Vidin’s neighborhood is segregated in one more way. There is a 72 million project for the water-supply in the city in which the area with Roma population doesn’t figure at all . Not a single street will be renovated and not one pipe will be changed, despite the fact that any stronger rainfall leaves the neighborhood without a road.
Cities where Roma neighborhoods are not antagonists, but protagonists in political plays
Not all cities in the country implement such excluding policies towards the Roma population when it comes to public funding. In Montana, for instance, the municipality has won a project for the construction of a new kindergarten in the Roma quarter ‘Kosharnik’. Next to it a health and consultative center will be build.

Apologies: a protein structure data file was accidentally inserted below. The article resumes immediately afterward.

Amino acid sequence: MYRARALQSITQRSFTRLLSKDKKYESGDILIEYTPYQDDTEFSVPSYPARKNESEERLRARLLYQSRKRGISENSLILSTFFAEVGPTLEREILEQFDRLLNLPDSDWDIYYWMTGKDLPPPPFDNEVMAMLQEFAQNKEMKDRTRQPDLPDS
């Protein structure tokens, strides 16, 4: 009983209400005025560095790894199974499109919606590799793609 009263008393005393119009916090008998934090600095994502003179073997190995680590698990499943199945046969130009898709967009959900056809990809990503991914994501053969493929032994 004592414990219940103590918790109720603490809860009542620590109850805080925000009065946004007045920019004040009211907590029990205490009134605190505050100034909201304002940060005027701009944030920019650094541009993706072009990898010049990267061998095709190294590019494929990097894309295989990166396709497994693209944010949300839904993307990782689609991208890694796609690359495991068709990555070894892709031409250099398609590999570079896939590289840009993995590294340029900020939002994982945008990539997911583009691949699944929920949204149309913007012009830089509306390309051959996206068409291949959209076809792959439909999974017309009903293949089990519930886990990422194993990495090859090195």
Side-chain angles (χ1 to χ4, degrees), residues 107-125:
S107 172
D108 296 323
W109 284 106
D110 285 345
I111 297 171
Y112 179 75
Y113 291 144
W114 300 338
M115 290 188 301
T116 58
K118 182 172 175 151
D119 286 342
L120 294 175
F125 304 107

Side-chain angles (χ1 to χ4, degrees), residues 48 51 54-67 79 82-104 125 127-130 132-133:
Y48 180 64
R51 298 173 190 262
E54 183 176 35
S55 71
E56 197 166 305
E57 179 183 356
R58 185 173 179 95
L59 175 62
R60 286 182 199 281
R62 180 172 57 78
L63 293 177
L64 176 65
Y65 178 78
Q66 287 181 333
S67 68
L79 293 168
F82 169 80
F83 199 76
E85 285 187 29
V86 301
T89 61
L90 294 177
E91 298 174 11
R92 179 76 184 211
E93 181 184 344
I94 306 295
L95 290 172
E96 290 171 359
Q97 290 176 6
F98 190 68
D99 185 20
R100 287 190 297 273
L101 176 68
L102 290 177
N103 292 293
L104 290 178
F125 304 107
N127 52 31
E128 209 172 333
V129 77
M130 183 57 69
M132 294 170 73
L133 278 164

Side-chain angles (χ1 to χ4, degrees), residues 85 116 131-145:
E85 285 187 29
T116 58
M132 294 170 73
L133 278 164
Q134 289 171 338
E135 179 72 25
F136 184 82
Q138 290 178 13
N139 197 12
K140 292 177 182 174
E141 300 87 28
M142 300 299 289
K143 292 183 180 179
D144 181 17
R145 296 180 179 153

It is also worth noting the well-known example of the city of Kavarna, where the municipality put a lot of effort into fixing the infrastructure and the buildings in the city. Streets have been renovated and sewerage, water- and gas-supply infrastructure are being constructed. Ethnic Roma constructors are themselves participating in the building of accommodation. Dumping grounds have been cleaned.
A successful practice for the sexual education and support in family planning and disease prevention is the program for health mediators. Often this is the only connection between the people and institutions. Yet, this useful initiative receives very little funds. The largest cities with Roma populations – Sofia, Plovdiv, Varna and Burgas – respectively have 3, 4, 5 and 7 health mediators, while in cities such as Vetovo, Dobrich and Shumen there are 4, 3 and 4 health mediators.